Hasan al-Banna, 1906-1949, the Egyptian schoolteacher who founded the Muslim Brotherhood in 1928, collapsed the Quranic definitions of fighting (qital) and the inner spiritual struggle against evil (jihad) into a single call to engage in holy war against not only infidels but also People of the Book (Christians and Jews), a war he called "jihad." In his tract, "On Jihad" (in Five Tracts of Hasan al-Banna, trans. by Charles Wendell (Berkeley, 1978), pp. 142, 150, 154, al-Banna writes:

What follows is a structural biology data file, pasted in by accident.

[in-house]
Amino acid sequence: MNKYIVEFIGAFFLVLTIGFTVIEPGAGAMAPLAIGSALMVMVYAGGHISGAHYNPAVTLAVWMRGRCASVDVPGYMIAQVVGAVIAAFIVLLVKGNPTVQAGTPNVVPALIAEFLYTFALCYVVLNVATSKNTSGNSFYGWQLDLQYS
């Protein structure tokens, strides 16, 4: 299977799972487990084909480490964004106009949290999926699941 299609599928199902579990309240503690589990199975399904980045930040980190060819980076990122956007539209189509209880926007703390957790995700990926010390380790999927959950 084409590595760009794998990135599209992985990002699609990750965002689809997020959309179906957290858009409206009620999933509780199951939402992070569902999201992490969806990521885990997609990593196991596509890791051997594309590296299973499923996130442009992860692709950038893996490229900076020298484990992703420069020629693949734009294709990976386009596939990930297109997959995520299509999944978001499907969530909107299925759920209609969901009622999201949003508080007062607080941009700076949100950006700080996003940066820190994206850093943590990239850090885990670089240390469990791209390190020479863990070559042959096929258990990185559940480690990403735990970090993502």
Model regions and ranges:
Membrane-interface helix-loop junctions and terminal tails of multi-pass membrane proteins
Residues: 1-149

In this Tradition, there is a clear indication of the obligation to fight the People of the Book, and of the fact that God doubles the reward of those who fight them. Jihad is not against polytheists alone, but against all who do not embrace Islam...Today the Muslims, as you know, are compelled to humble themselves before non-Muslims, and are ruled by unbelievers. Their lands have been trampled over, and their honor besmirched. Their adversaries are in charge of their affairs, and the rites of their religion have fallen into abeyance within their own domains, to say nothing of their impotence to broadcast the summons [to embrace Islam]. Hence it has become an individual obligation, which there is no evading, on every Muslim to prepare his equipment, to make up his mind to engage in jihad, and to get ready for it until the opportunity is ripe and God decrees a matter which is sure to be accomplished...Know then that death is inevitable, and that it can only happen once. If you suffer it in the way of God, it will be your profit in this world, and your reward in the next.